Game #55, Home Game #30: Utah 100, Minnesota 111
Season Record: 12-43
1. The Beauty of Teamwork
It’s been a long time–certainly a year, maybe two–since fans of the Minnesota Timberwolves have seen this kind of 48 minutes from their ballclub. There have been some really nice wins thus far this season: The roaring final 3 quarters that produced the 131 points versus Indiana, the two convincing wins over Phoenix, and the solid rousting of Philly just last week. And there have been enjoyably well-played losses to Boston (the one on the road), Atlanta (the one on the road), and San Antonio (last week). But Indiana and Philly are sub-mediocrities, the style Phoenix plays is prone to their occasional pratfalls, and the losses were ultimately losses, after all.
Tonight the Wolves beat a very good team–19-4 in 2008 heading into this game–by mixing aggression and sound judgment, tenacity and tact, and, above all, a full-fledged sense of selflessness for the sake of the ballclub. Such teamwork is harder to describe than witness–it’s always easier to isolate what’s wrong with a car than why it works so well from ignition to muffler–but worth the effort if only to savor it. There are all the little things. Randy Foye jumping right in the middle of the paint to set a pick for Al Jefferson. Rashad McCants diving toward the hoop wide open and not receiving the pass, yet diligently circling back out to probe for other ways he can extend the play. Ryan Gomes rotating over to deter penetration and cover for his late-arriving teammate, then sliding to the other side of the lane to box out his own man after the shot goes up. Corey Brewer scrambling to the sideline and backhanding the ball in to save the possession, then getting back in time to tip in the subsequent shot less than two seconds later. Foye scrambling back hard enough in transition to be able to set his feet for a charge.
Utah is a physical team, charter members of the Frequent Foulers Club, expert in rubbing out obstacles with back-door picks and other traffic-jamming Xs and Os designed to sap your spirit and bruise your muscles. They wait to seize the lapses that are the byproduct of fatigue. But the Wolves beat Utah at their own game. Wittman threw new man Kirk Snyder on Utah enforcer Matt Harpring and Snyder, who practiced against Harpring often his rookie year after being drafted by Utah, went shoulder to shoulder, toe to toe and more than once joined him on the floor in their mutual mania for the round orb. Theo Ratliff took the measure of another bench bruiser for the Jazz, Paul Milsapp, and, although it required 5 fouls in 12:31, helped flummox the second year player. By the third and early in the fourth period, many Utah shots were banging front iron.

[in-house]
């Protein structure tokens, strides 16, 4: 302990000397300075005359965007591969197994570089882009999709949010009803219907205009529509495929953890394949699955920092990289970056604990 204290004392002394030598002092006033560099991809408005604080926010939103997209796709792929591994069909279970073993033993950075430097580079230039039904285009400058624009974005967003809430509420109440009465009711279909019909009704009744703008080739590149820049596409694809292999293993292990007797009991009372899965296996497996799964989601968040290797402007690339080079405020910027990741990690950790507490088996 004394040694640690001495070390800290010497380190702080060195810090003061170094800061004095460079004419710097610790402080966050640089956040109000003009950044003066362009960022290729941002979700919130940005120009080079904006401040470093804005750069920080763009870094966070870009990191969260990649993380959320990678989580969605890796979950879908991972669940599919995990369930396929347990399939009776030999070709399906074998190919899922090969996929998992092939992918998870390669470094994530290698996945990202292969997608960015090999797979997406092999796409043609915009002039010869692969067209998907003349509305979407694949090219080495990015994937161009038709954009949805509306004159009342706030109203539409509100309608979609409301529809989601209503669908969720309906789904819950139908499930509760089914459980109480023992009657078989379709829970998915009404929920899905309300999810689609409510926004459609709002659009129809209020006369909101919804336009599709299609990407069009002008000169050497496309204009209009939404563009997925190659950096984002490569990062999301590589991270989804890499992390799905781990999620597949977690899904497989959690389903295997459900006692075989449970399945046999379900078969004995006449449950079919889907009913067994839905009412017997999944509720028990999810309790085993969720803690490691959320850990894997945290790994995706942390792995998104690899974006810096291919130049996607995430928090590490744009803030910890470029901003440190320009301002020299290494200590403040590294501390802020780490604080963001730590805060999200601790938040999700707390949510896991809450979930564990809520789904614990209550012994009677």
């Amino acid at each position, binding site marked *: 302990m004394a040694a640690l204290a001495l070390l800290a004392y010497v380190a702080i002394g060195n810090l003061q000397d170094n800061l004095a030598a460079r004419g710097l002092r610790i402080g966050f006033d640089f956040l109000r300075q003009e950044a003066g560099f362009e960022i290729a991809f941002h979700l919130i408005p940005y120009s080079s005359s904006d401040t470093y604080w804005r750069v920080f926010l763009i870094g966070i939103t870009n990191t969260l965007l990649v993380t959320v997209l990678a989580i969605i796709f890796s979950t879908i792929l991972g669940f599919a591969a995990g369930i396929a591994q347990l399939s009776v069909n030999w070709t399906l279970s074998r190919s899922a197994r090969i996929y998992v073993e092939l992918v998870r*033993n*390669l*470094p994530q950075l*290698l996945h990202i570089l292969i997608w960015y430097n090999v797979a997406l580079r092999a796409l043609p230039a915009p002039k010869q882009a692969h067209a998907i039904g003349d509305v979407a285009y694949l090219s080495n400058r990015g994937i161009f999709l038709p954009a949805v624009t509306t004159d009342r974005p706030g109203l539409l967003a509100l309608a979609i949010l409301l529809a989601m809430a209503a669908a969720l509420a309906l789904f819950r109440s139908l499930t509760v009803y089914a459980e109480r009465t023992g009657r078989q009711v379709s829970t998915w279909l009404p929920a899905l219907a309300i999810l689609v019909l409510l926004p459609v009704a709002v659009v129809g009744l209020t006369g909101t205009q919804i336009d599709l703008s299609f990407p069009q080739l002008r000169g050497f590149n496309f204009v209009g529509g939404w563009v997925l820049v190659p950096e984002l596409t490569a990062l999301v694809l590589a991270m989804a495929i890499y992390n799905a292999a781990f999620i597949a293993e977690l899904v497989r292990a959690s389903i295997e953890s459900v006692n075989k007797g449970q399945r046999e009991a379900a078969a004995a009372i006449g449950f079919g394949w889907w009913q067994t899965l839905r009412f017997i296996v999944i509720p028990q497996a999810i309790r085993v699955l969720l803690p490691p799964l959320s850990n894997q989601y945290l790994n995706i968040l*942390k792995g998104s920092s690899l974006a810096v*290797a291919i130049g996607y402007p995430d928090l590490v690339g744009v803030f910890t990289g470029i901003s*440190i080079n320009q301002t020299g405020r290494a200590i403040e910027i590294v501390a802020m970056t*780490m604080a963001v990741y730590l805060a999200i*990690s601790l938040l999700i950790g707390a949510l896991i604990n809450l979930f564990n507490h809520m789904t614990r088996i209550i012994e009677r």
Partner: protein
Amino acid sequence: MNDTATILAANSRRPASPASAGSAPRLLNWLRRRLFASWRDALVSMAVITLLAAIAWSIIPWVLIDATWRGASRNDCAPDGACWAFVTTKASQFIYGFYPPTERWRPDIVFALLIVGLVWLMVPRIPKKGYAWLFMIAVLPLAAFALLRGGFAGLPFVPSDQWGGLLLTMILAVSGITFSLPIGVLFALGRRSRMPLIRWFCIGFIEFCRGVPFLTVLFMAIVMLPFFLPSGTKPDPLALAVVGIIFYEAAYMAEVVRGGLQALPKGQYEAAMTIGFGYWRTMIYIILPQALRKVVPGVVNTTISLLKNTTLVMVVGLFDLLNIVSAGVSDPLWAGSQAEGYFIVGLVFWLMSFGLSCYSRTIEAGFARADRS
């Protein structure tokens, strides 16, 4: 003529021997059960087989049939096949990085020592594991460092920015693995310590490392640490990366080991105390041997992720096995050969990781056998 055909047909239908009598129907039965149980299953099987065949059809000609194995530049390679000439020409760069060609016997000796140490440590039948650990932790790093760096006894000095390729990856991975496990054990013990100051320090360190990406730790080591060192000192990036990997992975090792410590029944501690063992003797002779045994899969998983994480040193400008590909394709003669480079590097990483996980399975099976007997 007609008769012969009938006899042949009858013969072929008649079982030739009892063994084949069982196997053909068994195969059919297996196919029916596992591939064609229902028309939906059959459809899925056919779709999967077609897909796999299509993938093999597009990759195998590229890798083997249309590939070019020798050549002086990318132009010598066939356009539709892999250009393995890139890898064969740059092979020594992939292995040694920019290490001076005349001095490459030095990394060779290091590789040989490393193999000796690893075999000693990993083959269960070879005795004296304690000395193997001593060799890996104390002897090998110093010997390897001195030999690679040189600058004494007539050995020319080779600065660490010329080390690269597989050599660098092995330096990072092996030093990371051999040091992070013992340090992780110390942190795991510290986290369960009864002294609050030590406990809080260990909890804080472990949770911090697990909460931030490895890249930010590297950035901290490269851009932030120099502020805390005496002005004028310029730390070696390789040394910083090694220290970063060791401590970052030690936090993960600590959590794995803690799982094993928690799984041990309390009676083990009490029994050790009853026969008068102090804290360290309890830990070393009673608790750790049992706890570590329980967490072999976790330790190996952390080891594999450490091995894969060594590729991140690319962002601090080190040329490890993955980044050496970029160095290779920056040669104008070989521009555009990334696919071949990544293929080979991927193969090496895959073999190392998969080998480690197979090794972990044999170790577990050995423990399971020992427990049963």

Muckers like Craig Smith and Ryan Gomes mucked, but so did Foye and McCants and Telfair, and Big Al. They gave little away for free to Utah, staying with their men by wedging themselves over picks or switching off smartly, alert to the entire court, vertical and horizontal, the breakaways and the back-door cuts. They kept their heads on a swivel and their hands up for deflections, grabbing 16 steals (one short of the franchise record) and disrupting at least that many other possessions. Utah did not execute poorly–the Jazz shot 46.4% and had 26 assists–but the Wolves also forced them into a season-high 24 turnovers. Three Wolves–Jefferson/Foye/McCants–had three steals and Telfair and Gomes had two.
The offense was even more fun to watch. It brimmed with minor decisions that made already good possibilities just a little bit better. Telfair led the team with just 4 assists, and two big men off the bench, Smith and the newcomer Snyder had 3. McCants would have an open look for his jumper but see Jefferson sealing his man and already anticipating the double team, so he’d dump in the entry pass, watch Jefferson spin one-on-three into the lane and draw the foul. McCants gets the glow of feeling unselfish; Al the gusto of barging into the teeth of Sloan’s boys in the paint, a Jazz player is that much closer to foul trouble and Jefferson nails the free throws (he was 8-10 FT overall). Another time down, Jefferson has the ball and is crab-dribbling into the double until he push-passes a final dribble into the hands of McCants, swinging over five feet behind him and getting his feet in position, even as Jefferson becomes the de facto screen on his two men and the other McCants has just rubbed off him. Shaddy nails the open look (8-17 FG), Jefferson drops an easy dime (one of two tonight) and Utah knows there are legit threats being wielded at either end of this two-man game.
Except that it’s a five man game. The three-headed monster Wolves fans have been pining for–Jefferson, McCants and Foye–all take their closeups, damn well linger in it, maybe for two or three possessions in a row if the matchups are right, abetted by the other four teammates in the little ways described above. But then, for one of the few times this year, the emphasis moves before it has to. Foye’s hot, but cedes to Shaddy, or Al, who goes and gets some, but doesn’t mark the territory for pecking order purposes. In the first half, Foye has 9 shots, Jefferson 7, McCants 8; for the game Foye has 16 shots, McCants 17, Jefferson 17. Jefferson and McCants tie for the scoring lead with 22, Foye a whisker behind at 20.